Critical skills needs and challenges for STEM/STEAM graduates increased employability and entrepreneurship in the solar energy sector

Emeka Amalu, Michael Short, Perk Lin Chong, David J. Hughes, David S. Adebayo, Fideline Tchuenbou-Magaia, Petri Lähde, Marko Kukka, Olympia Polyzou, Theoni I. Oikonomou, Constantine Karytsas, Alemayehu Gebremedhin, Charmant Ossian, N. N. Ekere

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Energy produced by photovoltaic module (PVM) is poised to deliver the UN Sustainable Development Goal 7 (SDG-7) by 2030 and Net-Zero by 2050 but not until ample graduates with adequate Solar Energy Technology (SET) skills are produced by Higher education institutions (HEIs). Although PVM has witnessed significant penetration globally, the sustainability of the growth of the sector is challenged by attendant monotonic skilled labour shortages. The evolving growth imbalance is critical in the European Union (EU), limits her global competitiveness and necessitates the need to create wider awareness on the green technology to stimulate more production of solar energy sector (SES) specific skills graduates. Discussing the mismatch between the skills Europe needs and has in the SES, the study outlines key critical skills Science, Technology, Engineering and Mathematics (STEM) cum Arts (STEAM) graduates ought to possess to secure sector employment and the challenges limiting them from acquiring the competencies. The review is conducted via extensive study of relevant literature, analysis of interviews and observations. Academic, industrial, and entrepreneurial skills are identified as critical SES needs. Designing and running educational modules/curricula that embed the identified solar technology specialist skills on students and learners are proposed as vehicle to increase their employability and entrepreneurship. This study profiles trends and developments in the SES for stakeholders’ increased awareness while presenting the specialist skills in-demand for employment in the sector. The adoption of SET Training (SETechTra) curricula/modules by the EIs will substantially increase the production of industry-ready graduates whilst decreasing the SES skills gap.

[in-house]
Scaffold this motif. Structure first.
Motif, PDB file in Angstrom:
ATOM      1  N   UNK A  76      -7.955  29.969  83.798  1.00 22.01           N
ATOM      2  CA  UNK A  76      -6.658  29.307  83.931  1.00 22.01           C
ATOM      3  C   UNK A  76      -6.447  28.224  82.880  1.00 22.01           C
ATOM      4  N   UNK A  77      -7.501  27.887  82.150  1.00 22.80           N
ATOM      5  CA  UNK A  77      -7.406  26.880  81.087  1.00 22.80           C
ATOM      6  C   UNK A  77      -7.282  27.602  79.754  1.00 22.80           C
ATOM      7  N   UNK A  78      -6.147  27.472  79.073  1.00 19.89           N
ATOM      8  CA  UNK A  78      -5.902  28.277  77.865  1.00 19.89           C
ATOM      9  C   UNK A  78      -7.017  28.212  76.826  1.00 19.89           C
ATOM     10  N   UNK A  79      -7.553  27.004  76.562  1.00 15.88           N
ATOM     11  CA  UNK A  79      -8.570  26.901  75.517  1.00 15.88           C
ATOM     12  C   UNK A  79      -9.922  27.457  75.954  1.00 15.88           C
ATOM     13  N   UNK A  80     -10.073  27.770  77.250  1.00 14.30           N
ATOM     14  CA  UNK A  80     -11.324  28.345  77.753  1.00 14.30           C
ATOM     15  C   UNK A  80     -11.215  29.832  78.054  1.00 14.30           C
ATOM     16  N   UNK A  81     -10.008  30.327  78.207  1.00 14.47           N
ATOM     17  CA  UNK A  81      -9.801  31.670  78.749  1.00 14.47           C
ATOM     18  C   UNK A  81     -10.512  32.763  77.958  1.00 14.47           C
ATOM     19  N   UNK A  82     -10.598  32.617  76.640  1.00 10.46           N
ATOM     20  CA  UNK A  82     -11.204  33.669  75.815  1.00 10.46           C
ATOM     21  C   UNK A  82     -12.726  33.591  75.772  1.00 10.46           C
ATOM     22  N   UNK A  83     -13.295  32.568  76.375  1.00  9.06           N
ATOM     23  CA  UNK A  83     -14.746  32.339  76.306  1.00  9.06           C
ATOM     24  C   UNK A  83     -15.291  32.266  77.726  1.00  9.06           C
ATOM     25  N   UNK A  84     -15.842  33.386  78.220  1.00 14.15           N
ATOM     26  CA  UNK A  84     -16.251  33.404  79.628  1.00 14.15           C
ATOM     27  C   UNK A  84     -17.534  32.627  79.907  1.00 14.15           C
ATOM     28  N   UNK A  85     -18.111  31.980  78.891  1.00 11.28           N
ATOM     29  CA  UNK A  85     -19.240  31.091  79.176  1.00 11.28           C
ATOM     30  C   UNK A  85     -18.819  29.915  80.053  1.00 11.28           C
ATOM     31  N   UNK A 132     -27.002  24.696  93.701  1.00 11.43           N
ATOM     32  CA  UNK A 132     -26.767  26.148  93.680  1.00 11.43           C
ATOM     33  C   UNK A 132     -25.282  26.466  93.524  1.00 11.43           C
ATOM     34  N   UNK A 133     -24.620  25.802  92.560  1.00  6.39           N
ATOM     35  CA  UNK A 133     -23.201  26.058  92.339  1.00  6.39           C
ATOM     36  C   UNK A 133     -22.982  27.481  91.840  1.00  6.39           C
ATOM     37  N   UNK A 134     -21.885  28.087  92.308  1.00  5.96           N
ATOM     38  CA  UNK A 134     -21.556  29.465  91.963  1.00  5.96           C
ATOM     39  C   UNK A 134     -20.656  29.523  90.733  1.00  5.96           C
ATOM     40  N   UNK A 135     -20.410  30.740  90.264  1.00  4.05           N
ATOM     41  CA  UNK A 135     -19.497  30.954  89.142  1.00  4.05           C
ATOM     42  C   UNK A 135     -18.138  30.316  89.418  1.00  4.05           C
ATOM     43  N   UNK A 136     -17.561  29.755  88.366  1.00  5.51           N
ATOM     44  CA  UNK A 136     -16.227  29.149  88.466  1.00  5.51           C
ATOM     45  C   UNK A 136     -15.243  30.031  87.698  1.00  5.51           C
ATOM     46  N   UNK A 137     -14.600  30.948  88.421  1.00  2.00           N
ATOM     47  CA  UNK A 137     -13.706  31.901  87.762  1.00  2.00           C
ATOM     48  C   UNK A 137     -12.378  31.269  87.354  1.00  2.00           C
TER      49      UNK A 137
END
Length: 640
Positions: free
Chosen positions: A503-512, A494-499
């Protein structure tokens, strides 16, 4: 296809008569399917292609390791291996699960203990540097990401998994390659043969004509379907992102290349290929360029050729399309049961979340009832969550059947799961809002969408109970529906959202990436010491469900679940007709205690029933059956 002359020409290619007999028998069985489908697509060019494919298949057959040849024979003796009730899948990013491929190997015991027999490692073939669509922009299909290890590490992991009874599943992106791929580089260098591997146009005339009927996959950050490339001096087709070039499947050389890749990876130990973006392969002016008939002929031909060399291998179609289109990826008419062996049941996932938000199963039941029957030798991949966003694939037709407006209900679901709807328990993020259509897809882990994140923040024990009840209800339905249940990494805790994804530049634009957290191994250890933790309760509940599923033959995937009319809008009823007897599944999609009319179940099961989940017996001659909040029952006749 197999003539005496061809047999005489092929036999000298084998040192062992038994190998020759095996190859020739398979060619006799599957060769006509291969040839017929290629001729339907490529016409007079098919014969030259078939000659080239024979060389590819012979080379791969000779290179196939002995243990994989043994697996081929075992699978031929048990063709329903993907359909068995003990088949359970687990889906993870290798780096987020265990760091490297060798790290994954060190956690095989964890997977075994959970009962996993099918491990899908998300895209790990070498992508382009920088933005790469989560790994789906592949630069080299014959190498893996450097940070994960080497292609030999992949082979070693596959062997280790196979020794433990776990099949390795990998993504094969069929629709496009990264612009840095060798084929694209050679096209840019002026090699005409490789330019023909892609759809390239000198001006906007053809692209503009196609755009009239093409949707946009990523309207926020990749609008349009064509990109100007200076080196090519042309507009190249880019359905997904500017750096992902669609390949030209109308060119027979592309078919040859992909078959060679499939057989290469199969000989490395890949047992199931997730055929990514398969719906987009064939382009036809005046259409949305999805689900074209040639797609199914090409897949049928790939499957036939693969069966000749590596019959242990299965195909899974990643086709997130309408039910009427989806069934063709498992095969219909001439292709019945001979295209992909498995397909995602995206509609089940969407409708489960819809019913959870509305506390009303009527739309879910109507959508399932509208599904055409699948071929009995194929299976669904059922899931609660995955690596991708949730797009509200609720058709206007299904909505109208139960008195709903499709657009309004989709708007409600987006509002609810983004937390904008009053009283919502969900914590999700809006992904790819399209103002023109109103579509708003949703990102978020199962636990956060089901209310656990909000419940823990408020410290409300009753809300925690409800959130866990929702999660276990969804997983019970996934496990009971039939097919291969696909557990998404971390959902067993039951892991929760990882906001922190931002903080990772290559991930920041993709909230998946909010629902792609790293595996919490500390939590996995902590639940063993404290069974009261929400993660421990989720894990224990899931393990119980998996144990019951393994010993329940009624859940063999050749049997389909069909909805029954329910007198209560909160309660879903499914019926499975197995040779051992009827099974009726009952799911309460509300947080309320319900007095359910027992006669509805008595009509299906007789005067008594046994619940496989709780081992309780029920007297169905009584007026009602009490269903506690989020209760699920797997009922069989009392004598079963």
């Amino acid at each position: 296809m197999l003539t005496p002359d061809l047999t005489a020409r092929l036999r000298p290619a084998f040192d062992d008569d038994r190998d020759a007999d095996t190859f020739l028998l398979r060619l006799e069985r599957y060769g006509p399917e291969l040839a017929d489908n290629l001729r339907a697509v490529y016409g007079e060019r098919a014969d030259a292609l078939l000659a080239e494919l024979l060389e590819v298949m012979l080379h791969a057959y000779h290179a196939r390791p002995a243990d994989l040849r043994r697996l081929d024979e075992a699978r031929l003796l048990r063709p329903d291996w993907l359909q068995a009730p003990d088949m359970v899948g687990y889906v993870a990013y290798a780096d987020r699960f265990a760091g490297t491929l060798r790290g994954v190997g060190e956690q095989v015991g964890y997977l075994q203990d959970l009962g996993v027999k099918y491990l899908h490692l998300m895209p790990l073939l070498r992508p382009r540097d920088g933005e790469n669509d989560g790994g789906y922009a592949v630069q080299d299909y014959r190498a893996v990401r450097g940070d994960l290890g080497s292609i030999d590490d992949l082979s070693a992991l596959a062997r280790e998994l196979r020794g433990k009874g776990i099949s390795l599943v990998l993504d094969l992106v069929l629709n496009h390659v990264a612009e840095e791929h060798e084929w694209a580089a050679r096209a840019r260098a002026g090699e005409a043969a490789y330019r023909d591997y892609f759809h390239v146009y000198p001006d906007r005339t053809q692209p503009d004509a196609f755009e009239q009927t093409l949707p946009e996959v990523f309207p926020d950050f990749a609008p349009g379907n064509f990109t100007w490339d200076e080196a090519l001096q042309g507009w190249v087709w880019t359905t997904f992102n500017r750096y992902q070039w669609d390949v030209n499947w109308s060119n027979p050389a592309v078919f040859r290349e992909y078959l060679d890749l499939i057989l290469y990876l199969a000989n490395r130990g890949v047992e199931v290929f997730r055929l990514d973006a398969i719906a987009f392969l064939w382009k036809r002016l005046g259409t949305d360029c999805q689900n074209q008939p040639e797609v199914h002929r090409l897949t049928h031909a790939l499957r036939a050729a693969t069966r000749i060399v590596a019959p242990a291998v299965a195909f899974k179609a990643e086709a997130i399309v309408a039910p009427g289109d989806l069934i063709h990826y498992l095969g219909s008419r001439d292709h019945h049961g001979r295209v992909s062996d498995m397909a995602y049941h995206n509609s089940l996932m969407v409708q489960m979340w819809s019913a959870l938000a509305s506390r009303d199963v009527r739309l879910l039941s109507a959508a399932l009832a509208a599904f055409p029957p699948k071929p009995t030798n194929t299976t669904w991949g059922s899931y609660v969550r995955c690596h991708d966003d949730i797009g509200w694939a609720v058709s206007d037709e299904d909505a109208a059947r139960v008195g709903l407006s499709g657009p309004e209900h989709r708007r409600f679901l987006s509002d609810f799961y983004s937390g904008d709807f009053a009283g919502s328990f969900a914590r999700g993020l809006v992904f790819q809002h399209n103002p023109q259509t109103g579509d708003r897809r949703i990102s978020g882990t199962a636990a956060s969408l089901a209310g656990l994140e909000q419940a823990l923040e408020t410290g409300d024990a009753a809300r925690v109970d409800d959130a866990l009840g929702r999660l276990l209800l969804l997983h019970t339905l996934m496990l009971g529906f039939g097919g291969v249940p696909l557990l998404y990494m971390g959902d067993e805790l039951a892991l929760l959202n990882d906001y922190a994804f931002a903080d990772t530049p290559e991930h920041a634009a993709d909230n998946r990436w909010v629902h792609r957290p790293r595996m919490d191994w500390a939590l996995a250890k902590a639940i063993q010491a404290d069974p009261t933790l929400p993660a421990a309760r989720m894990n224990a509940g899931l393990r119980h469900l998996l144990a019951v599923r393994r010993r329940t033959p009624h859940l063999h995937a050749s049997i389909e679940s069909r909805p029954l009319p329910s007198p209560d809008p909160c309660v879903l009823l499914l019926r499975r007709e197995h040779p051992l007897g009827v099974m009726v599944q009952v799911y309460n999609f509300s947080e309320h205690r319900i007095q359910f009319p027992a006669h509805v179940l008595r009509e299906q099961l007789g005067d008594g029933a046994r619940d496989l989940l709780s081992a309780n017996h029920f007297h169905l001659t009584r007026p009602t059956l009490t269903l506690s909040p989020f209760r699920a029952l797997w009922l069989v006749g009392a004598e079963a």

Original languageEnglish
Article number113776
Number of pages17
JournalRenewable and Sustainable Energy Reviews
Early online date29 Sept 2023
Publication statusPublished - 1 Nov 2023

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